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Atomic Promise
Smart Green Knows We Need Nuclear

California’s last operating nuclear power plant may be living on borrowed time after a plan was introduced last week to shut it down and replace that zero-emissions baseload power with intermittent renewable sources. The NYT wrote that this bright idea was formulated “to help meet California’s aggressive clean energy goals,” a bizarre justification for shuttering an energy source that produces nearly three-fifths of America’s clean energy.

Clueless greens like Michael Brune, the head of the Sierra Club, have predictably hailed this plan as a “milestone” for environmental activism. Brune evinced his anti-nuclear nutjobbery late last week when he repudiated a WSJ report that the Sierra Club might be rethinking its staunch, decades-long opposition to nuclear power. For him and his ilk, nuclear power remains anathema to the green cause, despite the fact that it’s the global clean energy workhorse—a fact you’d think would merit more than glib, dogmatic denunciation from people who purport to care about climate change more than any other issue.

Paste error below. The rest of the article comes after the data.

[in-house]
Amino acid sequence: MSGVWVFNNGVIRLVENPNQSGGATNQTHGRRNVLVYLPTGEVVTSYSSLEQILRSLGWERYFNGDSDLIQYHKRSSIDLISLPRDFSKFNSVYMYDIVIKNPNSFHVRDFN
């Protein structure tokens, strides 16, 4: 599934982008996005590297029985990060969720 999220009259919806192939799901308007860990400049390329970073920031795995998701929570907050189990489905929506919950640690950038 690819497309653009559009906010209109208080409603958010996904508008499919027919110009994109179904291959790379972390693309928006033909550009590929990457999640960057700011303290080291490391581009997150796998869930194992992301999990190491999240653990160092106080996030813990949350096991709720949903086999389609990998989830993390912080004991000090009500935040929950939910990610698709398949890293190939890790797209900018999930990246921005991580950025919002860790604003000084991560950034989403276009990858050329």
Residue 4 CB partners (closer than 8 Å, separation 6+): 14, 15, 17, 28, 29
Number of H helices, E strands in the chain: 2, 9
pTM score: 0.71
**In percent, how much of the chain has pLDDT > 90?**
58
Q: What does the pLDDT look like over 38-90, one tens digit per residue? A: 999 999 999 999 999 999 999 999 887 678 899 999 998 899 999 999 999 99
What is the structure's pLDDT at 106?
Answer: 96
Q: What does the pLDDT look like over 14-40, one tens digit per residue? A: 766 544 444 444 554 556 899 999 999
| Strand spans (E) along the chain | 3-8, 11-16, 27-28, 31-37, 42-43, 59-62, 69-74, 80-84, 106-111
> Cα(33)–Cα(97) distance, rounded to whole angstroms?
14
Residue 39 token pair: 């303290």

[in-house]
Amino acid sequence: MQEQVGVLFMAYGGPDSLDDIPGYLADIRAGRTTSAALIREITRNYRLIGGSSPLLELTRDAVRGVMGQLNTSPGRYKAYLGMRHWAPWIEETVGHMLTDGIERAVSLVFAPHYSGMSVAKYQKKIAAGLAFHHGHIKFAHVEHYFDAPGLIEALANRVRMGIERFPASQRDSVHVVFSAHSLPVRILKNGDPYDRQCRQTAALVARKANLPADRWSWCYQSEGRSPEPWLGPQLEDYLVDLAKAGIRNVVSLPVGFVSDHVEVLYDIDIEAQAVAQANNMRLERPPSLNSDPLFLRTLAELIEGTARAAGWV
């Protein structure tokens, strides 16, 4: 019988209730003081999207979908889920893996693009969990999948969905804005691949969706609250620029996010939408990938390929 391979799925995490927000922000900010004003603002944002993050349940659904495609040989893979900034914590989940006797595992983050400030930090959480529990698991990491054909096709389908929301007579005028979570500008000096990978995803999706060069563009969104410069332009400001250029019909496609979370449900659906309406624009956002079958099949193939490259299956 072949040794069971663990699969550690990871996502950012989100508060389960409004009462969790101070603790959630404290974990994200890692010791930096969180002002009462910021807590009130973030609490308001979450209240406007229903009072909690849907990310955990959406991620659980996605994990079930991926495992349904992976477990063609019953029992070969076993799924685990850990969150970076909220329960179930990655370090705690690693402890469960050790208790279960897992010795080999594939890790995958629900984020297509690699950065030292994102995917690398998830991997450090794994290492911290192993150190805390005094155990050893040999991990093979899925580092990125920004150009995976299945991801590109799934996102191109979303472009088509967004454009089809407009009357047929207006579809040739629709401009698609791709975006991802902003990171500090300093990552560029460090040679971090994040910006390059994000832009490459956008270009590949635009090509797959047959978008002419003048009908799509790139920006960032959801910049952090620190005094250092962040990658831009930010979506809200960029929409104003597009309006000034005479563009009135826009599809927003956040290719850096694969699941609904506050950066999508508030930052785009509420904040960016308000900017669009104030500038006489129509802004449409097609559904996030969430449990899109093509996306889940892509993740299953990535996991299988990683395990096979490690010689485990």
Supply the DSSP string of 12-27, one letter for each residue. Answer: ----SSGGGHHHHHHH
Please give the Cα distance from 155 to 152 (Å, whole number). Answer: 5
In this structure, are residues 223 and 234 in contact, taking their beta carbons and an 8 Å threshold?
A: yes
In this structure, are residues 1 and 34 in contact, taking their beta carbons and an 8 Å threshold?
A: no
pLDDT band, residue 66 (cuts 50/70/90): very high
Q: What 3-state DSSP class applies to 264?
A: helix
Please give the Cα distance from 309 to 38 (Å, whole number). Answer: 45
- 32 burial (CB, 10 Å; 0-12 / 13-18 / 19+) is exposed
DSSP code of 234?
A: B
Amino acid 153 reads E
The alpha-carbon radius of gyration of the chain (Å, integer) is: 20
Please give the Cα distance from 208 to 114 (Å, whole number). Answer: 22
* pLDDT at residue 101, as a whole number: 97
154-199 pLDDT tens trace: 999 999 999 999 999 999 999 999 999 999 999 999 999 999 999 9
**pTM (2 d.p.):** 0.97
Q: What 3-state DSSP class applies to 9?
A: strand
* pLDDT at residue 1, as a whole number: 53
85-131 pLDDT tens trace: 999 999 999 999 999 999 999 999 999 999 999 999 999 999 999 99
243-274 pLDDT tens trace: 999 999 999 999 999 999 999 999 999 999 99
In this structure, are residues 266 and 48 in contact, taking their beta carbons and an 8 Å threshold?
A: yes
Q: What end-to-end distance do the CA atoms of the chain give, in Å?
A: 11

Thankfully, there are smarter greens out there (though it may feel sometimes like they’re hard to find). Michael Shellenberger is one such, and the cofounder of the forward thinking eco-modernist Breakthrough Institute came out firing this week on the decision to shutter that last remaining California nuclear plant. He writes for the New York Times:

If the proposal is approved by the state’s Public Utilities Commission, California’s carbon dioxide emissions will either increase or decline far less than if Diablo Canyon’s two reactors, which generated about 9 percent of the state’s electricity last year, remained in operation. If this deal goes through, California will become a model of how not to deal with climate change.

While Pacific Gas & Electric asserts Diablo Canyon would be replaced with other forms of clean, low-carbon power, nothing in the proposal would require the company to go that far. Instead, the plan, according to my organization’s calculations, would require the company only to invest in energy efficiency and renewables programs equivalent to about one-fifth of Diablo Canyon’s electricity output. Anything beyond that would be voluntary. […]

Even if by some miracle California did manage to replace 100 percent of Diablo Canyon’s output with renewables, why would a state ostensibly concerned with climate change turn away from its largest single source of clean energy? The answer, as is perhaps obvious, is the ideological insistence on renewables and an irrational fear of nuclear power.

Nuclear power can be used as a good litmus test to check the sanity of anyone that considers themselves an environmentalist. Like renewables, nuclear reactors can produce electricity without generating greenhouse gas emissions or harmful air pollutants. But nuclear isn’t just as good as renewables, it’s better: unlike wind and solar, it can produce consistent, round-the-clock baseload power.